Margaret Reges

Margaret Reges

 

MOORE TORNADO: MAY 2013

 

The ultrasmooth conical surfaces of cloud, the ultrasmooth spinning cloud, the cloud spun into ultrasmooth and still cone shapes, the water tank lifted from its trusses.

To feel the face pressed against the warm belly of the horse, the ribs, the flank, the spattered droplets of rain in its hair, the warm hollow sound of its breath.

Hail stones heavy in the grass, slick, wet, eyelike, reflecting the sleek bank of cloudlight, the blue pulse of sparks from a busted transformer, the power line skipping on the surface of the road, whipped by the wind.

Red rim of the nostril, the ear twitching as if there were flies, breath the hot empty bellows, and then that larger sound,

amber-veined light, thistle down, the dull blank-grained bodies of horses moving together in the black, guttural collapse.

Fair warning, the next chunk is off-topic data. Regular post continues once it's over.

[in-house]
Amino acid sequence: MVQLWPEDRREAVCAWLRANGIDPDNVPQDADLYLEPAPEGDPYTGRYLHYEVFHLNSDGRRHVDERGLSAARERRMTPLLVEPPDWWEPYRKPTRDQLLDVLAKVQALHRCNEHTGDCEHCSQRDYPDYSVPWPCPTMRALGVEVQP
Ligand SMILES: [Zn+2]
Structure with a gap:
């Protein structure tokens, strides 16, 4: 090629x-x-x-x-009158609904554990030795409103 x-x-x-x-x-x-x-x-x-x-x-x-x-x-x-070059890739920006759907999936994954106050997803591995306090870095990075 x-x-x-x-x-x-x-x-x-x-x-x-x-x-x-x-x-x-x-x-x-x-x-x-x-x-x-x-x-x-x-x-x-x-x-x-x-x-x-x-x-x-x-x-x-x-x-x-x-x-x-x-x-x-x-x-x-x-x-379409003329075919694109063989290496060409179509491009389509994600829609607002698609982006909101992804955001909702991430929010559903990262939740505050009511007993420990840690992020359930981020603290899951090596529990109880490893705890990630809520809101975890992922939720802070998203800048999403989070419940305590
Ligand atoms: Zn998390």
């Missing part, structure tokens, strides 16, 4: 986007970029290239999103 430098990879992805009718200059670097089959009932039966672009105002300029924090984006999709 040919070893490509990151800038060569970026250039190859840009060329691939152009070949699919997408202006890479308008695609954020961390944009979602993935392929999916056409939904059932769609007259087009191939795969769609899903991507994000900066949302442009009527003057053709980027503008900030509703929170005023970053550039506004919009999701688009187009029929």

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Author’s note: this is the first poem in a series about the Moore tornado that swept across Moore, OK, in 2013.
 
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MARGARET REGES is from Michigan. A graduate of the Iowa Writers’ Workshop, her recent honors include the 2012 Page Davidson Clayton Prize for Emerging Poets from the Michigan Quarterly Review, two fellowships from the Fine Arts Work Center in Provincetown, MA, a fellowship from the MacDowell Colony, and a full fellowship from the Vermont Studio Center. She lives in Iowa City, IA.

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Read more by Margaret Reges:

 
Lots of poems at Ink Node

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